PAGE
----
Circus Sideshow by Georges Seurat.
The big local news of the week was a non-event that I alluded to yesterday: Tropical Storm Gordon. I was reasonably confident it wouldn’t pay us a visit. For whatever reason, storms in the Gulf tend to jog to the east as they approach New Orleans. I’m much more concerned when the early bullseye is to our west than on us.
The new Mayor’s team surprised me with a calm reaction to Gordon:
Mitch Landrieu was prone to overdramatize storm threats by dressing in combat-like gear and declaring unnecessary curfews. Team Cantrell played it cool. If they can transfer this mojo to other city issues, I might be less critical. I’m not holding my breath because I don’t feel like turning blue. It’s a bad look for me.
A depressing local story took place across Lake Pontchartrain in Mandeville. A synagogue was defaced with anti-Semitic and neo-Nazi graffiti. Anti-Semitism is fashionable on the alt-right and, in some quarters, the hard left. In the UK, Jeremy Corbyn has damaged Labour’s reputation as an anti-racist party with remarks such as the ones described by the Guardian’s Simon Hattenstone:
He mentions an impassioned speech made at a meeting in parliament about the history of Palestine that was “dutifully recorded by the thankfully silent Zionists who were in the audience” (audience members he presumably knew nothing about). So far so bad. But it gets worse. He goes on to say that these unnamed Zionists in the audience “clearly have two problems. One is they don’t want to study history, and secondly, having lived in this country for a very long time, probably all their lives, they don’t understand English irony either … So I think they needed two lessons, which we can perhaps help them with.”
This is classic anti-Semitism as it treats British Jews as the unassimilated OTHER. It was too much for Jewish Labourite Josh Glancy who stated categorically in the New York Times that he wouldn’t vote Labour again until Corbyn is ousted as leader. He describes Corbyn’s views as follows:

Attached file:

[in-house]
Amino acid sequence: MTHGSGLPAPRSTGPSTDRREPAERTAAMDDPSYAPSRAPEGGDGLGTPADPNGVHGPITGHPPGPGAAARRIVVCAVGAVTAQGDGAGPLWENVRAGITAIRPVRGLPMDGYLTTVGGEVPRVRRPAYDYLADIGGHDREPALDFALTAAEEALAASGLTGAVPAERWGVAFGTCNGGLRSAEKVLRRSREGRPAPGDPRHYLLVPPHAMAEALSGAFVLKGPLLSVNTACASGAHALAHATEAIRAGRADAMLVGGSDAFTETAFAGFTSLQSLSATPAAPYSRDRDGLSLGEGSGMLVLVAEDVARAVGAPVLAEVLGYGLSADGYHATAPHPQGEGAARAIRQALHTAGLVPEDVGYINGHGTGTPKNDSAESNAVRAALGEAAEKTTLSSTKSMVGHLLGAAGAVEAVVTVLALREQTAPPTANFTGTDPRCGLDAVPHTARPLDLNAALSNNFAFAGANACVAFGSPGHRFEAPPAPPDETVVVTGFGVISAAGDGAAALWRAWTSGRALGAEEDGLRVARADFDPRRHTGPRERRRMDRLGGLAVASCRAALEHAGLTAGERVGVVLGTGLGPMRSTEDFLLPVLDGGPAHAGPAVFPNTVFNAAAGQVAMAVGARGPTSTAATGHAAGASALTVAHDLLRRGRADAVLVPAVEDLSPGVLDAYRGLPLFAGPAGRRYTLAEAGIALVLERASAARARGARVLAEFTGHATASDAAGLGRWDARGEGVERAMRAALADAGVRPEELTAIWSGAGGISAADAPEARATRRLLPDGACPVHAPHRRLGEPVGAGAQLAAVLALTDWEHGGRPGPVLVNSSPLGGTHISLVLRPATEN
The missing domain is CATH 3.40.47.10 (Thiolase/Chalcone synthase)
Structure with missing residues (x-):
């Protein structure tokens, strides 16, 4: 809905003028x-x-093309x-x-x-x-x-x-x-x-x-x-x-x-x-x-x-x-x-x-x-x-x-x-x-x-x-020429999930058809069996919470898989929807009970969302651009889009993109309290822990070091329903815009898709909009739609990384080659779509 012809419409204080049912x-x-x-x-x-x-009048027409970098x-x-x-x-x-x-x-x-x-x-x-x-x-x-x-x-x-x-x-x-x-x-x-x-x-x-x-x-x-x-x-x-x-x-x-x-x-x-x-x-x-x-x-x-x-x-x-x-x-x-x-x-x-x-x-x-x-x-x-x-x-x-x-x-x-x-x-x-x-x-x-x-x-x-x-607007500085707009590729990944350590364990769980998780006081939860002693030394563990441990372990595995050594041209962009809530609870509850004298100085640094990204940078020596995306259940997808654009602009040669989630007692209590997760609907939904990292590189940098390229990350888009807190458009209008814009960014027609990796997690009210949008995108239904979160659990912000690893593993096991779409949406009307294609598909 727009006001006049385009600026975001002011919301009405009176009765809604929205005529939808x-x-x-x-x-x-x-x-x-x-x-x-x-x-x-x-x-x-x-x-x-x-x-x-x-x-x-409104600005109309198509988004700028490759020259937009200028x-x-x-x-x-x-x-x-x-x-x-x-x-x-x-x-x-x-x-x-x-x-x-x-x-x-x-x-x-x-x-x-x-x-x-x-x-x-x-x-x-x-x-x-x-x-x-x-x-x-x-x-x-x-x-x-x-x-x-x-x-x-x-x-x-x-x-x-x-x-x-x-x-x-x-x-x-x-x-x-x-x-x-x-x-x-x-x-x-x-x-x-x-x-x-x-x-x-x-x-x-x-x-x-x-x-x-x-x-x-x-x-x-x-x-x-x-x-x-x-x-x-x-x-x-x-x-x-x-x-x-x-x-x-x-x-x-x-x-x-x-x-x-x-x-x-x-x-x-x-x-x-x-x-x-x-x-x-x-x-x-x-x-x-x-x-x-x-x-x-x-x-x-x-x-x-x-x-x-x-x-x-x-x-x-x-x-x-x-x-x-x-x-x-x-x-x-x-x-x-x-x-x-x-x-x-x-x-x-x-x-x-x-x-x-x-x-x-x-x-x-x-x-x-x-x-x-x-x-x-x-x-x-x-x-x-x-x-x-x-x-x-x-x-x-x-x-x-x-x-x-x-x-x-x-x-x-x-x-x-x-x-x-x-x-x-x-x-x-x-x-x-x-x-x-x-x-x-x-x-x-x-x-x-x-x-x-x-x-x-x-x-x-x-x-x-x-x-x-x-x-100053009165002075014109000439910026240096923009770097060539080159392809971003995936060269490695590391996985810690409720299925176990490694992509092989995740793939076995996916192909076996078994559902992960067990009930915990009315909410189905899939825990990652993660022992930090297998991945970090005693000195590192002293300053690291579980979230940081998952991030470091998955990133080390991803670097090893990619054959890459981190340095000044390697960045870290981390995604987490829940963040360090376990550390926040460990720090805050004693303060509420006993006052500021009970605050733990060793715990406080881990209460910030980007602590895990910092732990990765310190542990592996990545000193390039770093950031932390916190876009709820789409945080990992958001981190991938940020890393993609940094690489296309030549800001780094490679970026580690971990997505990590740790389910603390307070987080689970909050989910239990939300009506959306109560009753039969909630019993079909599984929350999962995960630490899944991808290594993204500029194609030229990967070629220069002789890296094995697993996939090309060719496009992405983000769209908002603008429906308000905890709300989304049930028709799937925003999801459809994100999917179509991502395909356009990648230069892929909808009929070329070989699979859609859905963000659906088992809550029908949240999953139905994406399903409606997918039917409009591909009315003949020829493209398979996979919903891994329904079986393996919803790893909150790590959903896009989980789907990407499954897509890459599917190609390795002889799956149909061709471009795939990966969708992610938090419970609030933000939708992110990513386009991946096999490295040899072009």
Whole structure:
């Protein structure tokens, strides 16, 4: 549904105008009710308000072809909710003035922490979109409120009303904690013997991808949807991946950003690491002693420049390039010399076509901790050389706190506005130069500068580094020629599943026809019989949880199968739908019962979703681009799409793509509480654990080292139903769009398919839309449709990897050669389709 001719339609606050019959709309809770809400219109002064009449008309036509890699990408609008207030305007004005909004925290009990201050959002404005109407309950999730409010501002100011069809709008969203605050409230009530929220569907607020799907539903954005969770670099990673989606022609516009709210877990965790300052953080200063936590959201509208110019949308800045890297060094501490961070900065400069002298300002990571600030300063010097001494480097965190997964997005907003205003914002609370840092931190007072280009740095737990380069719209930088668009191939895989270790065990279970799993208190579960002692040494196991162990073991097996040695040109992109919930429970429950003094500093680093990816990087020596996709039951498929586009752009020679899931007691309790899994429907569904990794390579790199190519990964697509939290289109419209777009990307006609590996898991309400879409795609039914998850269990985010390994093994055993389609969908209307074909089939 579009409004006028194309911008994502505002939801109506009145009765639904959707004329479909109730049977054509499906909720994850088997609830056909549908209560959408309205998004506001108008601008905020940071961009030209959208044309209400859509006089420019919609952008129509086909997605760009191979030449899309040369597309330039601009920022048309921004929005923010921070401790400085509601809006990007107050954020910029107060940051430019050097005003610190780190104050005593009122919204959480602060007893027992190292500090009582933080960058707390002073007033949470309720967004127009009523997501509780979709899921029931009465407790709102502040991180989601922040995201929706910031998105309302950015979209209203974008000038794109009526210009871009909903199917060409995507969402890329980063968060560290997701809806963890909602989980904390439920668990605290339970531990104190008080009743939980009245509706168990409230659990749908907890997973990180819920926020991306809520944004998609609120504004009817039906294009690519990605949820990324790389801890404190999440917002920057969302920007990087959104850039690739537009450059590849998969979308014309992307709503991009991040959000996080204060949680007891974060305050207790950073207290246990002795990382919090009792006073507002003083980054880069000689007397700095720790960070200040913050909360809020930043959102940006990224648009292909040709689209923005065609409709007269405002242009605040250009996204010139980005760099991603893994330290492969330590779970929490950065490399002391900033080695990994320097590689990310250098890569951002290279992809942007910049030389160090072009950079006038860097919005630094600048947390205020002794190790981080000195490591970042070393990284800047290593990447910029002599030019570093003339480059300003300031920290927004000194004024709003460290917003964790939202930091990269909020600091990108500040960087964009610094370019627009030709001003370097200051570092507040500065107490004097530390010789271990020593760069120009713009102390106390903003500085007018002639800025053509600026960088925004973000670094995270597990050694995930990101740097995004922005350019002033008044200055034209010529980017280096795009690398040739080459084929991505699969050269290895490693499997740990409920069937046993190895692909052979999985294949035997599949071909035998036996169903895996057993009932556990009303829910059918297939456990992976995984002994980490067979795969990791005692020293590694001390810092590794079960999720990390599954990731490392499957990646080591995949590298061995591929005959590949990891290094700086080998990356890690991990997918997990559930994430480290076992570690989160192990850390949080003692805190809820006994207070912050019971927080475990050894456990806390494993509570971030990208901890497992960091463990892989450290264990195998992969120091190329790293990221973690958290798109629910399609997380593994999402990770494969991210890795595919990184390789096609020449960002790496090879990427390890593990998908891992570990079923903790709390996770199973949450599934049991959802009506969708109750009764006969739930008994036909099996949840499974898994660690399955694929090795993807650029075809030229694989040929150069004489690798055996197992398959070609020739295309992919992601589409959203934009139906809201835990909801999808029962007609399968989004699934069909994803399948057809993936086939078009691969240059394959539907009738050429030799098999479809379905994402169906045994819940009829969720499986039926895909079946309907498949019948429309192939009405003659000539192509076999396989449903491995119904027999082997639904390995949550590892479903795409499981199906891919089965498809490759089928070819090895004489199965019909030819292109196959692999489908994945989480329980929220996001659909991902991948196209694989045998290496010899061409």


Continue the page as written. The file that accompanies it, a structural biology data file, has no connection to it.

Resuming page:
I’d always thought that if Mr. Corbyn was ever nailed down on this issue, he’d be spouting the anti-Semitism of the international left: Shadowy Zionist lobbyists. Omnipotent Rothschilds. Benjamin Netanyahu glorying in the slaughter of innocent children.
Instead we got something much closer to home. This was the anti-Semitism of Virginia Woolf and Agatha Christie. It was T.S. Eliot’s “lustreless” Bleistein puffing on his cigar and Roald Dahl insisting that “there is a trait in the Jewish character that does provoke animosity.” The comments were more redolent of the genteel Shropshire manor house where Mr. Corbyn was raised than the anticapitalist resistance movements where he forged his reputation.
Ouch. Labour’s anti-Semitism controversy has derailed efforts to oust the inept and incoherent Tory government of Theresa May. It’s a vivid illustration of how the far left and far right can converge. It’s happened before: the dread Oswald Mosley was a Labour MP before forming the British Union of Fascists.
A final note before moving on. I am staunchly anti-Netanyahu: his government’s moves against Israeli-Arabs are repugnant and amount to imposing an Apartheid regime in Israel. Having said that, anti-Netanyahu-ism shouldn’t morph into anti-Semitism. Many Jews in both the UK and the US are opposed to the current Israeli government. But even those who support it, should not be othered in their own country. Genteel bigotry is just as bad as synagogue desecrating bigotry. Now that I think of it, it’s worse: the genteel bigots should know better.
It’s time for me to dismount my sopabox and move on to this week’s theme song. The Tears Of A Clown is one of my all-time favorite records. It was written by Smokey Robinson, Stevie Wonder, and Hank Cosby for the Miracles in 1970. It’s one of the songs that made me into the music geek that I am today. It’s on Smokey with Pagliacci as an unindicted co-conspirator.
We have two versions for your listening pleasure. The original Miracles single and Smokey with Daryl Hall on the latter’s teevee show.
Now that we’ve wept the tears of a clown, it’s time to dry off, then jump to the break.